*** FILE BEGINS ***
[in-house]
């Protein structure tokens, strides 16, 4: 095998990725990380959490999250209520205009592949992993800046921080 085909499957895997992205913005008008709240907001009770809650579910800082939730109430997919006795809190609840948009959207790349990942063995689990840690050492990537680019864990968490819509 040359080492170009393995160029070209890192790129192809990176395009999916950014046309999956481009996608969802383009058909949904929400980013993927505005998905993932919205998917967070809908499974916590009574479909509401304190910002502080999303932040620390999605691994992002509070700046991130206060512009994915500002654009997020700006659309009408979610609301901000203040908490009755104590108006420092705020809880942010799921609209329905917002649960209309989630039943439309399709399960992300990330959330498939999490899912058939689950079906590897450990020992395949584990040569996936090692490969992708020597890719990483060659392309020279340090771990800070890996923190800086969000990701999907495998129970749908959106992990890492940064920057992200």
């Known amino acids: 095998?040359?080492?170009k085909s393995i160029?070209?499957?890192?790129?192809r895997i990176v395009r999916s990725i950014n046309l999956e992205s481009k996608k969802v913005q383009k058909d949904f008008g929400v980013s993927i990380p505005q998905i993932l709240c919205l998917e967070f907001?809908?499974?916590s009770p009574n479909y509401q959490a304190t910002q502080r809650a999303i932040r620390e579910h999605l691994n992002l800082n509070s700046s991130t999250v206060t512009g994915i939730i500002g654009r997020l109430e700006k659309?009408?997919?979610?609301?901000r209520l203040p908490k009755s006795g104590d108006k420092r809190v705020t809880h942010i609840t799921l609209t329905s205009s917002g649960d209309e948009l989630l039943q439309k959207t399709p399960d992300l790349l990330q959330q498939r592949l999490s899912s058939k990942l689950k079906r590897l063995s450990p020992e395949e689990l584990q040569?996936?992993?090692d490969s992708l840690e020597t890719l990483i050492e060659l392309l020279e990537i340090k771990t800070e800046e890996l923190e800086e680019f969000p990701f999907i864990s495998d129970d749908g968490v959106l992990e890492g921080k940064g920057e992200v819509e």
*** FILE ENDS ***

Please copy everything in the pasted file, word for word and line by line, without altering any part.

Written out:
[in-house]
């Protein structure tokens, strides 16, 4: 095998990725990380959490999250209520205009592949992993800046921080 085909499957895997992205913005008008709240907001009770809650579910800082939730109430997919006795809190609840948009959207790349990942063995689990840690050492990537680019864990968490819509 040359080492170009393995160029070209890192790129192809990176395009999916950014046309999956481009996608969802383009058909949904929400980013993927505005998905993932919205998917967070809908499974916590009574479909509401304190910002502080999303932040620390999605691994992002509070700046991130206060512009994915500002654009997020700006659309009408979610609301901000203040908490009755104590108006420092705020809880942010799921609209329905917002649960209309989630039943439309399709399960992300990330959330498939999490899912058939689950079906590897450990020992395949584990040569996936090692490969992708020597890719990483060659392309020279340090771990800070890996923190800086969000990701999907495998129970749908959106992990890492940064920057992200």
């Known amino acids: 095998?040359?080492?170009k085909s393995i160029?070209?499957?890192?790129?192809r895997i990176v395009r999916s990725i950014n046309l999956e992205s481009k996608k969802v913005q383009k058909d949904f008008g929400v980013s993927i990380p505005q998905i993932l709240c919205l998917e967070f907001?809908?499974?916590s009770p009574n479909y509401q959490a304190t910002q502080r809650a999303i932040r620390e579910h999605l691994n992002l800082n509070s700046s991130t999250v206060t512009g994915i939730i500002g654009r997020l109430e700006k659309?009408?997919?979610?609301?901000r209520l203040p908490k009755s006795g104590d108006k420092r809190v705020t809880h942010i609840t799921l609209t329905s205009s917002g649960d209309e948009l989630l039943q439309k959207t399709p399960d992300l790349l990330q959330q498939r592949l999490s899912s058939k990942l689950k079906r590897l063995s450990p020992e395949e689990l584990q040569?996936?992993?090692d490969s992708l840690e020597t890719l990483i050492e060659l392309l020279e990537i340090k771990t800070e800046e890996l923190e800086e680019f969000p990701f999907i864990s495998d129970d749908g968490v959106l992990e890492g921080k940064g920057e992200v819509e």